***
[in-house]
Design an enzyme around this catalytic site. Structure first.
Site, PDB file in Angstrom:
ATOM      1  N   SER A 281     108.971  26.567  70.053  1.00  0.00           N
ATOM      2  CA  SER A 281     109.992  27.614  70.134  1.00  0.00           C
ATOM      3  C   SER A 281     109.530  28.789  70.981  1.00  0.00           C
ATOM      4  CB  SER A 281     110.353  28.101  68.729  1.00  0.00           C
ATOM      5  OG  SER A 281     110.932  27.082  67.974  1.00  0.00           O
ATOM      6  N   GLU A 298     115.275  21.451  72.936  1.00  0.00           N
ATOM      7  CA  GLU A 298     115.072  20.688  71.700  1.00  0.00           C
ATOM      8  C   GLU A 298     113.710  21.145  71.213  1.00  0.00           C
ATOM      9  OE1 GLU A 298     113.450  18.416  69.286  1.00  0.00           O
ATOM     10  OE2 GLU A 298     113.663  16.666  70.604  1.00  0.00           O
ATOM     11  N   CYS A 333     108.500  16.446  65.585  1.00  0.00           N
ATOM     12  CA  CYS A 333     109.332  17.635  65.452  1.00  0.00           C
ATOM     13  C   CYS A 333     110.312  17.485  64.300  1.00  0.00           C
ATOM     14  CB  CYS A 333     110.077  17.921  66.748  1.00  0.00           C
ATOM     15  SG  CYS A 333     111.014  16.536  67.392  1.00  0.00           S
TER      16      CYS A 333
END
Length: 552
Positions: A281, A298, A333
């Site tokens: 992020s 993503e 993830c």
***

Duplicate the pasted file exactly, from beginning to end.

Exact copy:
[in-house]
Design an enzyme around this catalytic site. Structure first.
Site, PDB file in Angstrom:
ATOM      1  N   SER A 281     108.971  26.567  70.053  1.00  0.00           N
ATOM      2  CA  SER A 281     109.992  27.614  70.134  1.00  0.00           C
ATOM      3  C   SER A 281     109.530  28.789  70.981  1.00  0.00           C
ATOM      4  CB  SER A 281     110.353  28.101  68.729  1.00  0.00           C
ATOM      5  OG  SER A 281     110.932  27.082  67.974  1.00  0.00           O
ATOM      6  N   GLU A 298     115.275  21.451  72.936  1.00  0.00           N
ATOM      7  CA  GLU A 298     115.072  20.688  71.700  1.00  0.00           C
ATOM      8  C   GLU A 298     113.710  21.145  71.213  1.00  0.00           C
ATOM      9  OE1 GLU A 298     113.450  18.416  69.286  1.00  0.00           O
ATOM     10  OE2 GLU A 298     113.663  16.666  70.604  1.00  0.00           O
ATOM     11  N   CYS A 333     108.500  16.446  65.585  1.00  0.00           N
ATOM     12  CA  CYS A 333     109.332  17.635  65.452  1.00  0.00           C
ATOM     13  C   CYS A 333     110.312  17.485  64.300  1.00  0.00           C
ATOM     14  CB  CYS A 333     110.077  17.921  66.748  1.00  0.00           C
ATOM     15  SG  CYS A 333     111.014  16.536  67.392  1.00  0.00           S
TER      16      CYS A 333
END
Length: 552
Positions: A281, A298, A333
């Site tokens: 992020s 993503e 993830c």